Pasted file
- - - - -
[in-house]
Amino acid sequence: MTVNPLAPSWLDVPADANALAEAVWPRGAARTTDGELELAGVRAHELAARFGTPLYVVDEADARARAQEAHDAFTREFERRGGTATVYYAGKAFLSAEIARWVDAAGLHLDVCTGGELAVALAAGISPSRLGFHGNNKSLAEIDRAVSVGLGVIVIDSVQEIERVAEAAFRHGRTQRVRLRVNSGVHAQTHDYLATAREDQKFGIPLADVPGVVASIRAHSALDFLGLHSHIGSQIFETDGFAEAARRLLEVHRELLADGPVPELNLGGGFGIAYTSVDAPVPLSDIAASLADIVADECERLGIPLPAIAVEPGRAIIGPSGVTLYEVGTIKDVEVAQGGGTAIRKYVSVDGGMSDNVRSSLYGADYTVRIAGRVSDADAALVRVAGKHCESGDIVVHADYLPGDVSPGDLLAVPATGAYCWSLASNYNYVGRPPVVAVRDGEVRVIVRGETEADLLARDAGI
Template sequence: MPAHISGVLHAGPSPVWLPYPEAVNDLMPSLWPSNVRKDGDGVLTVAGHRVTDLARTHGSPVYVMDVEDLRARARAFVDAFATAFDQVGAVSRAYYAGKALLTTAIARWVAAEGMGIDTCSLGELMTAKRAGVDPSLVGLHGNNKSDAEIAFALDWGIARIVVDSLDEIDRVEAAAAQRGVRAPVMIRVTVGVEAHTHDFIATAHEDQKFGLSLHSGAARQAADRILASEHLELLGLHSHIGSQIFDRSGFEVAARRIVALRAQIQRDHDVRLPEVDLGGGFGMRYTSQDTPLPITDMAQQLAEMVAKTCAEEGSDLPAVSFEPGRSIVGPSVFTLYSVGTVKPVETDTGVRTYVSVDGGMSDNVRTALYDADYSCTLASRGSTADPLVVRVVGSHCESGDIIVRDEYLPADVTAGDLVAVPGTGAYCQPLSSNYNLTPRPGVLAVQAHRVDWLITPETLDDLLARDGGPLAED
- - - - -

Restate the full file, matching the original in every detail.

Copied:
[in-house]
Amino acid sequence: MTVNPLAPSWLDVPADANALAEAVWPRGAARTTDGELELAGVRAHELAARFGTPLYVVDEADARARAQEAHDAFTREFERRGGTATVYYAGKAFLSAEIARWVDAAGLHLDVCTGGELAVALAAGISPSRLGFHGNNKSLAEIDRAVSVGLGVIVIDSVQEIERVAEAAFRHGRTQRVRLRVNSGVHAQTHDYLATAREDQKFGIPLADVPGVVASIRAHSALDFLGLHSHIGSQIFETDGFAEAARRLLEVHRELLADGPVPELNLGGGFGIAYTSVDAPVPLSDIAASLADIVADECERLGIPLPAIAVEPGRAIIGPSGVTLYEVGTIKDVEVAQGGGTAIRKYVSVDGGMSDNVRSSLYGADYTVRIAGRVSDADAALVRVAGKHCESGDIVVHADYLPGDVSPGDLLAVPATGAYCWSLASNYNYVGRPPVVAVRDGEVRVIVRGETEADLLARDAGI
Template sequence: MPAHISGVLHAGPSPVWLPYPEAVNDLMPSLWPSNVRKDGDGVLTVAGHRVTDLARTHGSPVYVMDVEDLRARARAFVDAFATAFDQVGAVSRAYYAGKALLTTAIARWVAAEGMGIDTCSLGELMTAKRAGVDPSLVGLHGNNKSDAEIAFALDWGIARIVVDSLDEIDRVEAAAAQRGVRAPVMIRVTVGVEAHTHDFIATAHEDQKFGLSLHSGAARQAADRILASEHLELLGLHSHIGSQIFDRSGFEVAARRIVALRAQIQRDHDVRLPEVDLGGGFGMRYTSQDTPLPITDMAQQLAEMVAKTCAEEGSDLPAVSFEPGRSIVGPSVFTLYSVGTVKPVETDTGVRTYVSVDGGMSDNVRTALYDADYSCTLASRGSTADPLVVRVVGSHCESGDIIVRDEYLPADVTAGDLVAVPGTGAYCQPLSSNYNLTPRPGVLAVQAHRVDWLITPETLDDLLARDGGPLAED